Although every business executive understands the importance of a disaster recovery (DR) plan, the difference between having a plan and having a usable plan is like night and day.
A DR plan changes as the business does, is updated regularly and tested once or twice a year. But that level of commitment requires not only sufficient funding but recognition among company leaders of its importance.
"As we get further away from the events of Sept. 11, those who didn't have a catastrophic failure of voice and data don't remember what it was like not to work for three to five days," says Ronald H. Bowman Jr., executive vice president at New York-based Tishman Technologies, a national leader in location analysis, planning, construction and commissioning of 24/7 data centers and technology infrastructure. Clients include Bank of America, Reuters, Merrill Lynch, Morgan Stanley and Bank of New York.
Commitment to business continuity is first and foremost an executive management issue, says Ben Thornton, director of disaster recovery/business continuity planning at Corus Group LLC, based in the Atlanta suburb of Norcross. "Throughout 16 years of consulting experience in this industry, I have yet to see a business continuity program be truly successful without visible and effective executive support," Thornton says. "That requires an executive team that understands the threats and other exposures to their business, and makes a commitment to take action."
Many companies get gung-ho about business continuity when faced with an audit, but having a plan is just the first step. Plans can quickly become outdated as technology, personnel and business lines change, so regularly scheduled plan maintenance and regular testing are essential to ensure team leaders are familiar with the plan and how it relates to the company's overall business.
Interphase Systems CEO John Biglin relates the story of a Fortune 200 company whose DR plan consisted of an elaborate contact list and phone tree, with only one page dedicated to data recovery. That page included a link to recovery instructions on the company's servers, which, of course, would be down.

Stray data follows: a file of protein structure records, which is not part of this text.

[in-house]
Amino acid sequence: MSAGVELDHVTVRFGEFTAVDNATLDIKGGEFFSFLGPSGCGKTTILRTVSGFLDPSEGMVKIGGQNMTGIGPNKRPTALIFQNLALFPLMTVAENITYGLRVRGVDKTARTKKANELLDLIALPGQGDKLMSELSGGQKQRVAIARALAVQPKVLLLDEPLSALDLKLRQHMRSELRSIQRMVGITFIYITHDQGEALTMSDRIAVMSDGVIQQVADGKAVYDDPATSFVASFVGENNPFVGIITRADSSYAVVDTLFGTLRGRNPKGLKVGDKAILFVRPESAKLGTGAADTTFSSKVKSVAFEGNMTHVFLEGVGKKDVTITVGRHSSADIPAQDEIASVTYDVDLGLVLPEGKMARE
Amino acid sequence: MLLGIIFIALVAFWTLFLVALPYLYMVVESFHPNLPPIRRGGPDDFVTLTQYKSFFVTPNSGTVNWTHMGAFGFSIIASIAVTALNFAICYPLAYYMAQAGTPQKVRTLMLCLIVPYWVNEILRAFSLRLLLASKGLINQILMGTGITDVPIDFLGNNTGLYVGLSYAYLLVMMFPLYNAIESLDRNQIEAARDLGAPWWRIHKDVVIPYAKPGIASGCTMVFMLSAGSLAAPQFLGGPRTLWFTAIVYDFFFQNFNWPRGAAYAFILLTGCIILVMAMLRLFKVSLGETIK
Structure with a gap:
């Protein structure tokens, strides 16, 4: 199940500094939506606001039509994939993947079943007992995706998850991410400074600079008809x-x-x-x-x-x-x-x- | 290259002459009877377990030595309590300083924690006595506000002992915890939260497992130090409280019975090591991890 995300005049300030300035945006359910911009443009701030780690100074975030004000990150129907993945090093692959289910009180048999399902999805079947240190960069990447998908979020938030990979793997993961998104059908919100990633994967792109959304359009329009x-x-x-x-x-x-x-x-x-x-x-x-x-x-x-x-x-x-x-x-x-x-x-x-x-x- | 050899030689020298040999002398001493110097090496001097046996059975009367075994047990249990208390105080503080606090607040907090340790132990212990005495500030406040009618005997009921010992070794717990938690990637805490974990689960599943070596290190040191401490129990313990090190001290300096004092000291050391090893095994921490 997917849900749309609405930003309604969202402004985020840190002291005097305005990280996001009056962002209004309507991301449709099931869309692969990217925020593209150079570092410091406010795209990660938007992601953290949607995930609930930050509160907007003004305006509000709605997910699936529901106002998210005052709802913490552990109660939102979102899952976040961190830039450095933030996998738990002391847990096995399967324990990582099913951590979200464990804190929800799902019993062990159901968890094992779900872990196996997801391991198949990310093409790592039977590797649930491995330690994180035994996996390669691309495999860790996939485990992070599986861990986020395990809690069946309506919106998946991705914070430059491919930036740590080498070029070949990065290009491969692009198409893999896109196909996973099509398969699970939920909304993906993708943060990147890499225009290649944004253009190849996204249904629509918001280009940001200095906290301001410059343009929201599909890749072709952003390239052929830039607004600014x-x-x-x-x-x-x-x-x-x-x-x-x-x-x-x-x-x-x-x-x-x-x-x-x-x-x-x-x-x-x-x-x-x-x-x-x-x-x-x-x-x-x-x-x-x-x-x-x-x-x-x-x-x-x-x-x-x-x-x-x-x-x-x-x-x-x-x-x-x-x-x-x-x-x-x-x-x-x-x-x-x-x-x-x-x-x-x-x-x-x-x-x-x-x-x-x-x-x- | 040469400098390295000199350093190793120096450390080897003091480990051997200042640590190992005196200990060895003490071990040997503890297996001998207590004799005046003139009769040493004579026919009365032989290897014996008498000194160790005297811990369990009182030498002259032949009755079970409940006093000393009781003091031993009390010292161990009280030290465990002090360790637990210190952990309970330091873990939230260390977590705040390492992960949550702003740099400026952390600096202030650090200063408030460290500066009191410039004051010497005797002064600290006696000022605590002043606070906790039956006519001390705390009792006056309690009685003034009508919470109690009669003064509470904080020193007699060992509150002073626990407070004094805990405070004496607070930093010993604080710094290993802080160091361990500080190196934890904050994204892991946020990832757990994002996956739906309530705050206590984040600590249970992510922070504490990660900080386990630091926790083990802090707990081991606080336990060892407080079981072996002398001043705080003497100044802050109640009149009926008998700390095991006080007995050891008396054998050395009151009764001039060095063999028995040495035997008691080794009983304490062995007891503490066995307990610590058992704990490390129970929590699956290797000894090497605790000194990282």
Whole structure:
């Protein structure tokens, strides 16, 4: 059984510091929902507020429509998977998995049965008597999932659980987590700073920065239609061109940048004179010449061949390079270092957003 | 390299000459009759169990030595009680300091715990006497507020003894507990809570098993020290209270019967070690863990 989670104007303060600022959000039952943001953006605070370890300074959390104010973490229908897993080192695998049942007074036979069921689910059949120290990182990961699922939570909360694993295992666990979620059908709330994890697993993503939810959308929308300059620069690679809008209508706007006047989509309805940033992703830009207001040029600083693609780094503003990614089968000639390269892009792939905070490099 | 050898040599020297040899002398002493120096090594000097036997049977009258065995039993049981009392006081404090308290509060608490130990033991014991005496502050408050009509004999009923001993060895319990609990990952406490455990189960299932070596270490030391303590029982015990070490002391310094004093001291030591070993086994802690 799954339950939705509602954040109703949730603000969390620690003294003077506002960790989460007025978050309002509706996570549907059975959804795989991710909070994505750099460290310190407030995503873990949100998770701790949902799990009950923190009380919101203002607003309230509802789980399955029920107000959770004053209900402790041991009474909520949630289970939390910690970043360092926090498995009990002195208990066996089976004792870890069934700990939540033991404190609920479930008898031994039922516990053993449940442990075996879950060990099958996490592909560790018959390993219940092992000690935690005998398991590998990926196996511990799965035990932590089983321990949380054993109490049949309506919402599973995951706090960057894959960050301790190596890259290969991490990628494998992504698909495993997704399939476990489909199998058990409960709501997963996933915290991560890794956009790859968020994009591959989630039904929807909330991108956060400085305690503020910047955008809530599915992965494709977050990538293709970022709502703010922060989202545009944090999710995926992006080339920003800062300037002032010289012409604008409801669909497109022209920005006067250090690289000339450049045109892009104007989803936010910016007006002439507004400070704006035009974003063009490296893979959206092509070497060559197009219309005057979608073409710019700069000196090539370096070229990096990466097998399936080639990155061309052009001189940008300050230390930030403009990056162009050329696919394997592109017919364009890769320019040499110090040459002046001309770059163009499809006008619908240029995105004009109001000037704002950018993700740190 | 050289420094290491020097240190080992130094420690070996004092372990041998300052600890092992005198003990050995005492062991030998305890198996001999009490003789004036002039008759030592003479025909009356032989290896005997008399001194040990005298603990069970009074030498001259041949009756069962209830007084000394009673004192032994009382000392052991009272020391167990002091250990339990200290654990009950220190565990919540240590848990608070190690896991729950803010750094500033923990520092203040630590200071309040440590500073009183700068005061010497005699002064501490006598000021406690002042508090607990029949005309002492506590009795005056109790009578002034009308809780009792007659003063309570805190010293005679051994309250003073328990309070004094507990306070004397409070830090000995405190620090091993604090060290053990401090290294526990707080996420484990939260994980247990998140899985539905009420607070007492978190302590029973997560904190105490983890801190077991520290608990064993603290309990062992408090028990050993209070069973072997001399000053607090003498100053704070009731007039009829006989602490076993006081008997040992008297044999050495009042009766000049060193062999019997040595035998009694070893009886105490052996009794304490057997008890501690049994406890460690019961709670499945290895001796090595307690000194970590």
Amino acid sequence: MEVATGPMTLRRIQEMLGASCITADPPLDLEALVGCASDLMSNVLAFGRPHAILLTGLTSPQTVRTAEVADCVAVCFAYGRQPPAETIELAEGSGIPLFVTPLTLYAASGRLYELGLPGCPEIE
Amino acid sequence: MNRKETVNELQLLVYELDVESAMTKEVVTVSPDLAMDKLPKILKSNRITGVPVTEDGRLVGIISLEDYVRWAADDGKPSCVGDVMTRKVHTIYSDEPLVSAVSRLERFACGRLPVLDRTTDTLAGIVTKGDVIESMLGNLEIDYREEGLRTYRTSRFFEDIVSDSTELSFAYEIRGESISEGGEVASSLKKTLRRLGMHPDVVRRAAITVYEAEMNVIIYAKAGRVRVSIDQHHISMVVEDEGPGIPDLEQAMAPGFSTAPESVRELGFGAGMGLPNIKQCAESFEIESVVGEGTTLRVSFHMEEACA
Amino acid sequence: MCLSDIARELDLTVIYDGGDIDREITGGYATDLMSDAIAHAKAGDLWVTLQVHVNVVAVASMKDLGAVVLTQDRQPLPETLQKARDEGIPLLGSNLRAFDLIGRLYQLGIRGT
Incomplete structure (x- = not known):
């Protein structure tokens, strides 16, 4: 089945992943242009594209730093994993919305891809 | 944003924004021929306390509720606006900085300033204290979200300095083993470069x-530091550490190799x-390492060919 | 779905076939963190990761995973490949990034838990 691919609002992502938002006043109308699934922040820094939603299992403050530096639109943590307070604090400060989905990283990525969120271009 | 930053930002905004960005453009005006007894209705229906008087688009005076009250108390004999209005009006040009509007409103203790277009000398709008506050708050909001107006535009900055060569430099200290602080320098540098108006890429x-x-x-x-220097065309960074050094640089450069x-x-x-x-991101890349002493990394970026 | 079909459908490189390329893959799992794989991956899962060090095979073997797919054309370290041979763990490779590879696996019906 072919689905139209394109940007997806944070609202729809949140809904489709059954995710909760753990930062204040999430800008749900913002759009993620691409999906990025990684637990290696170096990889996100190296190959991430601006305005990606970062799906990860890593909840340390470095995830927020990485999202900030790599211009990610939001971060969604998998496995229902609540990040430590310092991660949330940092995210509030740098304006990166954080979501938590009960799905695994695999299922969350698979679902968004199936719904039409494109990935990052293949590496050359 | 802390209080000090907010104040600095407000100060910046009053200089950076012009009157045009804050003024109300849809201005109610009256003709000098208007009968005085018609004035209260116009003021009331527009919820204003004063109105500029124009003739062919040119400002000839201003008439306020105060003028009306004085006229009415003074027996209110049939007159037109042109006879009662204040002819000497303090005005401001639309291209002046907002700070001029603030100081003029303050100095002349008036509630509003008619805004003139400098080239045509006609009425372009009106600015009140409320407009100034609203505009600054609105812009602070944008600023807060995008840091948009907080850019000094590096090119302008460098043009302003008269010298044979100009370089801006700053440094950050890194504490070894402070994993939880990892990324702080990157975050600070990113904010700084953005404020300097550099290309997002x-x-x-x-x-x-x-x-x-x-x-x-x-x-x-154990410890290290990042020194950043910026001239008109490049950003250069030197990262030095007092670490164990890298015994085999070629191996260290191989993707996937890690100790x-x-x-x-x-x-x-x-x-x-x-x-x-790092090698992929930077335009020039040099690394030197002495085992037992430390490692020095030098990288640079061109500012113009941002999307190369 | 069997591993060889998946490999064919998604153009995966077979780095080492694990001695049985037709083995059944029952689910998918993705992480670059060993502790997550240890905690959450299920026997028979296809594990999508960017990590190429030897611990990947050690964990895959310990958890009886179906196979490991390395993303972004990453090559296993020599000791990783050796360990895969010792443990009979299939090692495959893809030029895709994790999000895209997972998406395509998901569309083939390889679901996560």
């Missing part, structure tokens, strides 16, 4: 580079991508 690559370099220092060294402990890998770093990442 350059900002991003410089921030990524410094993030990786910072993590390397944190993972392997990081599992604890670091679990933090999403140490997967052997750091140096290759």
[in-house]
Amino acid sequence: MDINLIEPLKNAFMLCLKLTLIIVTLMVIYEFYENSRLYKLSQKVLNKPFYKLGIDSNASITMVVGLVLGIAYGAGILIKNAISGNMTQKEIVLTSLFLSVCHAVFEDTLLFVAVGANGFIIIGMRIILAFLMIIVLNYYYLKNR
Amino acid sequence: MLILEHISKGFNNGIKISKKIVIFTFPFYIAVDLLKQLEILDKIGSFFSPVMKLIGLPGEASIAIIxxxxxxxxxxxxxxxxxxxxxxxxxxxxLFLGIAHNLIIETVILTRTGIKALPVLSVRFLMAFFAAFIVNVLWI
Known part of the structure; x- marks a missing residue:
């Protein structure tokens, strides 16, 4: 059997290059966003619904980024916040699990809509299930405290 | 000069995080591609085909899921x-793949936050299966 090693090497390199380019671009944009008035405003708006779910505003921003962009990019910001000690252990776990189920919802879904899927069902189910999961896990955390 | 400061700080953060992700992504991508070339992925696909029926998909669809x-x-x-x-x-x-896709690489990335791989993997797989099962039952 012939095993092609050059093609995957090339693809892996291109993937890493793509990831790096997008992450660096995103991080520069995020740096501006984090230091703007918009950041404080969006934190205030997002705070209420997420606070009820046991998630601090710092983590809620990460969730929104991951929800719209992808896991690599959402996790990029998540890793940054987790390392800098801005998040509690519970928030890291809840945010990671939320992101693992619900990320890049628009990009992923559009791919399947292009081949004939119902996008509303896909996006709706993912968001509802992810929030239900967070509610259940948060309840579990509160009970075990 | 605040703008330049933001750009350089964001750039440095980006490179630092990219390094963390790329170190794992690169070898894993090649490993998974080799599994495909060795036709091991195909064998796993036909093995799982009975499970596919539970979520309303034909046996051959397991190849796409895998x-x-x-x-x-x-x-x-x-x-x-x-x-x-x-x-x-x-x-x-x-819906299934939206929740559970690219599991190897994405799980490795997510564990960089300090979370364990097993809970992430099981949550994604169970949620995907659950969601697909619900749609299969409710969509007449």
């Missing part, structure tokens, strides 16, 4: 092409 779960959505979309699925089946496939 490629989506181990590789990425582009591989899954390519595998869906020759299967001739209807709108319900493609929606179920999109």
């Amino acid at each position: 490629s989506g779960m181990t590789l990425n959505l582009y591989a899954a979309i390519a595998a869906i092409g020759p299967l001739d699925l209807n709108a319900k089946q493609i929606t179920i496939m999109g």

"The shock on a CEO's face when we tell him his business can't recover [from a disaster] is amazing," says Biglin, whose company specializes in virtualization and disaster recovery plans.
Another common mistake companies make is the belief that mission-critical servers and databases don't interact with other software and hardware that are equally vital to the operation of the business. Authentication may be required to access a database, for example, but if that system isn't on the DR plan, the server still couldn't be accessed.
To increase the utility of DR plans, Bowman advises companies to compile a list of no more than 10 priorities that relate directly to profit and loss, elements that affect a company's brand, billing and critical employees. By focusing on those key elements, a DR plan is more likely to gain the traction necessary for periodic updates and testing. These elements include:
- Make sure the plan is distributed electronically and in paper form both on and off site. Keep is short, sweet and easy to understand.
- Establish beforehand who will do what in case of emergency and be sure each person has the skills necessary to perform the assigned tasks.
- Establish modes of communication that likely will survive a disaster. Phones? Radio? Servers? WAN? LAN? Satellite? RF? FSO?
- Execute risk mitigation of data: in-flight trades, record storage, evacuation, etc.
- Execute remote data recovery protocol.
- Communicate to customers/clients status of business and anticipated duration of consequences. Be brief and direct and honest.
- Focus on core business and brand by employing protection protocols. De-emphasize noncritical business components.
- Communicate with staff on status of event and expectations.
- Execute living, travel and food plan for event.
- Set reasonable goals to recover data, business assets on an hour-by-hour, day-by-day and week-by-week basis, and stick to it!
"And remember, if you use a third-party outsourcer for data services, make sure they have a plan and test it," Bowman says. "Ultimately, though, you're responsible for keeping your data safe in the event of a disaster."
About this author: Matt Bolch (firstname.lastname@example.org) is an Atlanta-based freelance writer who regularly contributes to more than a dozen consumer and trade magazines on a wide range of topics, including technology and general business.